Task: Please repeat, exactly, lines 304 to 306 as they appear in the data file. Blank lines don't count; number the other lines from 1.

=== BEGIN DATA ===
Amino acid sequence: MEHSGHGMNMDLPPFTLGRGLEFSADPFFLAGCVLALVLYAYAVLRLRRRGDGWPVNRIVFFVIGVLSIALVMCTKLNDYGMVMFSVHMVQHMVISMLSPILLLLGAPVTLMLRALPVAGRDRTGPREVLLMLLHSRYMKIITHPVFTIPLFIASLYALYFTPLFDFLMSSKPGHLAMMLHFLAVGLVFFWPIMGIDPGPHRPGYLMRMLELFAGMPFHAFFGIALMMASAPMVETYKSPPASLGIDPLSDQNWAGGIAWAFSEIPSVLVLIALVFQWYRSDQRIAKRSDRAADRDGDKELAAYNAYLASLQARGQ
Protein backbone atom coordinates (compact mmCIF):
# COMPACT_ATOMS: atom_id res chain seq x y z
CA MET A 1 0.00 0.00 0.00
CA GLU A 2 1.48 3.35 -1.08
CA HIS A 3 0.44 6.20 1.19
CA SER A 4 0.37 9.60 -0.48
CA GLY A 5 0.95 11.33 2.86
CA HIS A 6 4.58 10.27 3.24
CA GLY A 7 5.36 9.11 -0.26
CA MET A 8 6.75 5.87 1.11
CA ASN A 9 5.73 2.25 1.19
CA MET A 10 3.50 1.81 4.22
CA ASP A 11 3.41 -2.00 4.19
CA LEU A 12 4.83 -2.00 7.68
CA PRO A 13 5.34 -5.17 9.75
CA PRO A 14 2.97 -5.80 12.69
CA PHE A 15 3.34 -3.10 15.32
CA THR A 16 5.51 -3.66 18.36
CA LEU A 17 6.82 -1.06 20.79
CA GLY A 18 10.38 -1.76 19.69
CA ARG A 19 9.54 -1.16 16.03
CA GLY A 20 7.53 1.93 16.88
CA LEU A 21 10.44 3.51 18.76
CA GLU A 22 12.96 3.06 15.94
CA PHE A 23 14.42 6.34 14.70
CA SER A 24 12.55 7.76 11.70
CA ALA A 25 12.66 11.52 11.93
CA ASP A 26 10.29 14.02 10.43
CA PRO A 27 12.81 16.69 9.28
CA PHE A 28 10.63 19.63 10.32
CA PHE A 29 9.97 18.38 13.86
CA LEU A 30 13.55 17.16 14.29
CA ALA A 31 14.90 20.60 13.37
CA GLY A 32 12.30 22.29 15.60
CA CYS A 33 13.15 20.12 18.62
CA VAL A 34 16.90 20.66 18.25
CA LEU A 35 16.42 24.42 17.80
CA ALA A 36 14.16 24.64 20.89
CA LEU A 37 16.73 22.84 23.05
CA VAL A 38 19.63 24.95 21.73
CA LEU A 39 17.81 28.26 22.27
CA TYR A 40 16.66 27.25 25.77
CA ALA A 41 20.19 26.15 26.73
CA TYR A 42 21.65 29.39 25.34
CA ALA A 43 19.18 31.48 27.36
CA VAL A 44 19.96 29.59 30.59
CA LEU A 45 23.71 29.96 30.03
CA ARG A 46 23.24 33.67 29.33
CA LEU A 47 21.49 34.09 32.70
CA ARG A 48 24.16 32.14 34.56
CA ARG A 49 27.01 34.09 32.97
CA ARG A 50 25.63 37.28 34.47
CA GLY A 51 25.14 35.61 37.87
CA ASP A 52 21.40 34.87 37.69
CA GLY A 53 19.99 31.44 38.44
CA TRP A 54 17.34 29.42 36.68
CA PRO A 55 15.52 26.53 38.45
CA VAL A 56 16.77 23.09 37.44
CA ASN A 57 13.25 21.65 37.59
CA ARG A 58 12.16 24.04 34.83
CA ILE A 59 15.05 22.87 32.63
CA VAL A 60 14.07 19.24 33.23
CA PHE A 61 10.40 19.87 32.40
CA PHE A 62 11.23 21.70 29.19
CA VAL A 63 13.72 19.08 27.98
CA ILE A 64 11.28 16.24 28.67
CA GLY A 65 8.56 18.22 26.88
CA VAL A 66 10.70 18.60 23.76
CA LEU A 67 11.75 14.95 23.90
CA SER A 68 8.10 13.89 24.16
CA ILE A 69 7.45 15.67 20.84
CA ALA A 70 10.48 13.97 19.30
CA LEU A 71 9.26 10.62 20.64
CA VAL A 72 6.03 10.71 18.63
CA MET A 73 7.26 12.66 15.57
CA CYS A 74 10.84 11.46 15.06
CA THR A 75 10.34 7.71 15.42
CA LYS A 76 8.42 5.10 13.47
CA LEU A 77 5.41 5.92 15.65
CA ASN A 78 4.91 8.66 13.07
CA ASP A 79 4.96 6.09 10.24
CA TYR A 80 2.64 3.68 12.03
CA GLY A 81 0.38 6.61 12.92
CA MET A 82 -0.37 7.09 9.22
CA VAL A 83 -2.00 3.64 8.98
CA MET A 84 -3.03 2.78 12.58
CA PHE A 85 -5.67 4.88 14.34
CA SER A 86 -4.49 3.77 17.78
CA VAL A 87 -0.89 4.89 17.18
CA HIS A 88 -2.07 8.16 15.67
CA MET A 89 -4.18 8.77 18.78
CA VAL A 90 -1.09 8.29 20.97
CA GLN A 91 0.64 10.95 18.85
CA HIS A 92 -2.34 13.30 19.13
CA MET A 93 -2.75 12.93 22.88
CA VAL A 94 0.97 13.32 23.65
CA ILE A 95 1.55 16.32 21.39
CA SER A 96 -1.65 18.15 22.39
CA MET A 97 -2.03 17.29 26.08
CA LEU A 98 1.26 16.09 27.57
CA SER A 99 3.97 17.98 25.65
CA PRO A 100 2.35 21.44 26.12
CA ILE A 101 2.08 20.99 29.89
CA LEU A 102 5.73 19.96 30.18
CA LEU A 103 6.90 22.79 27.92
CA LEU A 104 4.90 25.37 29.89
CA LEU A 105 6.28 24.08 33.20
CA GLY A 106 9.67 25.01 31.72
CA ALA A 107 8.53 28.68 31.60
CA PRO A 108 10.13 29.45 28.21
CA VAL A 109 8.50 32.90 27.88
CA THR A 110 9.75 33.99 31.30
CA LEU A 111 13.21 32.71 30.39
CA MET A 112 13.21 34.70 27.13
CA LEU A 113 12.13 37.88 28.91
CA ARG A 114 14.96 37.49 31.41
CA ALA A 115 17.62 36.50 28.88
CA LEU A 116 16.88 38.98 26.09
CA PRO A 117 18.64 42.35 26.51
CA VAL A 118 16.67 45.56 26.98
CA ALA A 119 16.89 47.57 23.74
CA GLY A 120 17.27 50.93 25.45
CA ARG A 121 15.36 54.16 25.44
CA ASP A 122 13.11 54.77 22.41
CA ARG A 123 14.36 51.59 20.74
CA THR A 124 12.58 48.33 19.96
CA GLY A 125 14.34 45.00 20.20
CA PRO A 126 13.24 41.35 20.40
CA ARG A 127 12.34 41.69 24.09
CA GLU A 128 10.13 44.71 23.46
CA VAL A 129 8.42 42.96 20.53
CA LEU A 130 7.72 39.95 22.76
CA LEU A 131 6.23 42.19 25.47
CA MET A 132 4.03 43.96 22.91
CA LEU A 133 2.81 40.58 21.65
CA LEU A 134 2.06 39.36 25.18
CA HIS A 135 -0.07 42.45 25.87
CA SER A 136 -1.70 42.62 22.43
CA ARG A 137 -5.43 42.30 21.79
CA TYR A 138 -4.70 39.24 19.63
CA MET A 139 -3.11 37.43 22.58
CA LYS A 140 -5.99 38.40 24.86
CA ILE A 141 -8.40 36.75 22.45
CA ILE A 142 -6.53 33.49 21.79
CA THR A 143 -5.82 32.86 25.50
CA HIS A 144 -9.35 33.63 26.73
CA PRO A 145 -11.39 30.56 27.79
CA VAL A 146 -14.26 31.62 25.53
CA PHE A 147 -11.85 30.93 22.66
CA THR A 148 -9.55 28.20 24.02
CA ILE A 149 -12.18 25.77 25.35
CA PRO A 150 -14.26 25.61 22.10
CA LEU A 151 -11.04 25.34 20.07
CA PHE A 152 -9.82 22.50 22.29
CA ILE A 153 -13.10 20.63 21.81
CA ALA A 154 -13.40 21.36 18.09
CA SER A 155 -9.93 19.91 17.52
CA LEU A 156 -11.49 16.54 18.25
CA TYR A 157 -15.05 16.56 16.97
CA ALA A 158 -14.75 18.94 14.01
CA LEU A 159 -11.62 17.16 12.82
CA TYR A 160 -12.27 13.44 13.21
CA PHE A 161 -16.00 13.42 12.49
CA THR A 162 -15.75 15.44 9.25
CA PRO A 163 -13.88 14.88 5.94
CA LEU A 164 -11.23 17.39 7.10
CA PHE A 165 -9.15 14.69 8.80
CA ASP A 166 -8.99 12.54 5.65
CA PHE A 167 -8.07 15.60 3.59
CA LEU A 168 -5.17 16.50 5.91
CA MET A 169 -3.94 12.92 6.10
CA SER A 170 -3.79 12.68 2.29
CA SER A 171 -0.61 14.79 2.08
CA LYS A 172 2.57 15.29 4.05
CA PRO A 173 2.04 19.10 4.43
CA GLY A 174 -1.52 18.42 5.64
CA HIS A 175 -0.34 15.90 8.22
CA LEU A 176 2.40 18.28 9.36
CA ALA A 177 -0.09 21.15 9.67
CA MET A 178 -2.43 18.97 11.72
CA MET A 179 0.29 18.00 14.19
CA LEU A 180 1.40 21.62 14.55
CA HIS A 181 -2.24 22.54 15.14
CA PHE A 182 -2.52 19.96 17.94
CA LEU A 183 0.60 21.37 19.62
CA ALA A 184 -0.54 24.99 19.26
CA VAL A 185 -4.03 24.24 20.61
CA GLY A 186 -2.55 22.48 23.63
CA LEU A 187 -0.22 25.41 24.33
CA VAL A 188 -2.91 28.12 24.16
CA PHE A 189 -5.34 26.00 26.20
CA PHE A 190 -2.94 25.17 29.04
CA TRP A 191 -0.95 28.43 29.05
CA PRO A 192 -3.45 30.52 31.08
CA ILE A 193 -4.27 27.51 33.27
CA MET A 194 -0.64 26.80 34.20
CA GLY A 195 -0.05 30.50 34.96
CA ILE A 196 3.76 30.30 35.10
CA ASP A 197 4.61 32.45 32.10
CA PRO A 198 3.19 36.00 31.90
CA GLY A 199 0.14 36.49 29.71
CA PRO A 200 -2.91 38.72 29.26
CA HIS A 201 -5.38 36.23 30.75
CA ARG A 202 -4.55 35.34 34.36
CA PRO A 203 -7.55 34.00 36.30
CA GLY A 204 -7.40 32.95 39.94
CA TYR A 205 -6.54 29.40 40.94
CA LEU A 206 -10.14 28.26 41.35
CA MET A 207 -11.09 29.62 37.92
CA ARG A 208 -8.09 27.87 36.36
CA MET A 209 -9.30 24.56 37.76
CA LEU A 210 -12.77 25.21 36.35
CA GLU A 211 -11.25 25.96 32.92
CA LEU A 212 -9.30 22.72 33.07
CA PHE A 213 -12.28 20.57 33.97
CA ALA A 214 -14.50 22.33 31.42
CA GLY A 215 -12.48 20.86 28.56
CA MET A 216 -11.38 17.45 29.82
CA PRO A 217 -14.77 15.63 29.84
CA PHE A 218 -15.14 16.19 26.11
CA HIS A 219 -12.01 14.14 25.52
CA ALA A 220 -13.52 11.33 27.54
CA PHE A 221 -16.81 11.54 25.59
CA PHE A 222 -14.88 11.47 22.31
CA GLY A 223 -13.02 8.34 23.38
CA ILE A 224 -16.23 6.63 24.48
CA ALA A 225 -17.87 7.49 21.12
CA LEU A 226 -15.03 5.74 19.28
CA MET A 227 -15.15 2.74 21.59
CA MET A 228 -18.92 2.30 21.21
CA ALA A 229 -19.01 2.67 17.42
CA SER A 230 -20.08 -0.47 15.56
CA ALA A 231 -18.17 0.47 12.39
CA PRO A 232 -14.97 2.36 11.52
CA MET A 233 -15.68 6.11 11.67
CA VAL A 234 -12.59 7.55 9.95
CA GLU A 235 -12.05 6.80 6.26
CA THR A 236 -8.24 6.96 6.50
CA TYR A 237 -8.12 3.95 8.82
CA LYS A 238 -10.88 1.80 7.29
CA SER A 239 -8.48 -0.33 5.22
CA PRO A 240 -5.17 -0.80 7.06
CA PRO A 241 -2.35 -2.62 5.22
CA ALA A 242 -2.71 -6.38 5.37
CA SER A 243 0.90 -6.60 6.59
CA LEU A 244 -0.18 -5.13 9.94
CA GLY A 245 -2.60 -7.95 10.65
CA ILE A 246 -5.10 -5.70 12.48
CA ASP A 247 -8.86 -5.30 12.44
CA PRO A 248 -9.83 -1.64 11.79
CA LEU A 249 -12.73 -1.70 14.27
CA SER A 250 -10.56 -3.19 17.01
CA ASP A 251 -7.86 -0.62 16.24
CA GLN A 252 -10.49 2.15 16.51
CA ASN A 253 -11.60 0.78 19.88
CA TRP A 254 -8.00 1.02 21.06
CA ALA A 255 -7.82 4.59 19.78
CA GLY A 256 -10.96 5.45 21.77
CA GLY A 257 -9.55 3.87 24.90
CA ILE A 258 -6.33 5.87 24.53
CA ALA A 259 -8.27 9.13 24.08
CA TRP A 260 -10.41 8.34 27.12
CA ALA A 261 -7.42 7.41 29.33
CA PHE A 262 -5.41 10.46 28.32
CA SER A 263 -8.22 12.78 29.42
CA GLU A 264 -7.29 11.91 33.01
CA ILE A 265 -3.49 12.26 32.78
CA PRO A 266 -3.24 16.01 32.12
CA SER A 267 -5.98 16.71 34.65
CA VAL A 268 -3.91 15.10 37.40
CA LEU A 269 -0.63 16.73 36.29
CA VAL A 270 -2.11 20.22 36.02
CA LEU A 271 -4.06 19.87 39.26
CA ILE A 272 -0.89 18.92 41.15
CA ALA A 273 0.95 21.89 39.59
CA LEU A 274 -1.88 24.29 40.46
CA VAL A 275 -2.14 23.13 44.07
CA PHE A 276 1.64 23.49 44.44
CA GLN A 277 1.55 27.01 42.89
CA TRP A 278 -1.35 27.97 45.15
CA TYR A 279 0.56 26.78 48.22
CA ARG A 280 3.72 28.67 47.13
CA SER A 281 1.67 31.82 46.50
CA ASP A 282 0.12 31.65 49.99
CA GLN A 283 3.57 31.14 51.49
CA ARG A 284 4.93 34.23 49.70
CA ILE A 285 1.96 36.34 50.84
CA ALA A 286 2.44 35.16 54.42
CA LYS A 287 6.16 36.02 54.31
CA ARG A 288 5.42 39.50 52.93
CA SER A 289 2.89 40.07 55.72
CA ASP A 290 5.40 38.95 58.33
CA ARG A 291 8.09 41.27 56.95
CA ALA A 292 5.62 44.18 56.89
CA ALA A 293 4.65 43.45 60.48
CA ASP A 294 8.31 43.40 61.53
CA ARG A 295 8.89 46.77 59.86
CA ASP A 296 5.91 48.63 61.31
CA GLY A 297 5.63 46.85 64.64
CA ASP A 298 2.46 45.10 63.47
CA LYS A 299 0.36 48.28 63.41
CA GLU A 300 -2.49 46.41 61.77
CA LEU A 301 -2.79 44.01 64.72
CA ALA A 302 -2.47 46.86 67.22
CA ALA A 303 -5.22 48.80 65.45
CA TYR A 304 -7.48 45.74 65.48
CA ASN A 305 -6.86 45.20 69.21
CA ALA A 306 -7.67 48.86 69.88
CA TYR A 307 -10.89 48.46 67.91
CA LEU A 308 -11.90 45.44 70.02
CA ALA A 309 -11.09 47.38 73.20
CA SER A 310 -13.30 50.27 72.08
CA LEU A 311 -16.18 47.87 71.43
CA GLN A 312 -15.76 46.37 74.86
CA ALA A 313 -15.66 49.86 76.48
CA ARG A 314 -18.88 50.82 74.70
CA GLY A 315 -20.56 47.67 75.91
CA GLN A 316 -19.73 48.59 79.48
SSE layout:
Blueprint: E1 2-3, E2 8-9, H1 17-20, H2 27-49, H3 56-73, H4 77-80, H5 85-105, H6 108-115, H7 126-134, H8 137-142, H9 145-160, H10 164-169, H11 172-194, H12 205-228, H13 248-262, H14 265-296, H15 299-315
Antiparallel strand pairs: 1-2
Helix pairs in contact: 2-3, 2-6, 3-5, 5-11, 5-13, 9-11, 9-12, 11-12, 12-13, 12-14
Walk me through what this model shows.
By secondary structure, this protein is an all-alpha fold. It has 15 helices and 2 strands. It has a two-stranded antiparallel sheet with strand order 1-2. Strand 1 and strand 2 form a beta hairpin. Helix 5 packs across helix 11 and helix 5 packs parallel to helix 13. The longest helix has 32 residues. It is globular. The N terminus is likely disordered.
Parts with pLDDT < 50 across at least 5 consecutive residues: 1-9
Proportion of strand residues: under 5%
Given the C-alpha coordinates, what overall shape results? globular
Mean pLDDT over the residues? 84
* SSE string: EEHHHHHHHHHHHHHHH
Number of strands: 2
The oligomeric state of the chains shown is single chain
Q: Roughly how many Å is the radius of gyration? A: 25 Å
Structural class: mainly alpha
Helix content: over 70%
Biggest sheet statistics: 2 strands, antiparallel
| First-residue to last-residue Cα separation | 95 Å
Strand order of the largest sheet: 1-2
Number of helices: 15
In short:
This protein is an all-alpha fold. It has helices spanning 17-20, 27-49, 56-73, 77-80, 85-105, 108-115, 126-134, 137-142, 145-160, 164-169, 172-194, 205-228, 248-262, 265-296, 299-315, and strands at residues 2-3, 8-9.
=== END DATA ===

CA LEU A 301 -2.79 44.01 64.72
CA ALA A 302 -2.47 46.86 67.22
CA ALA A 303 -5.22 48.80 65.45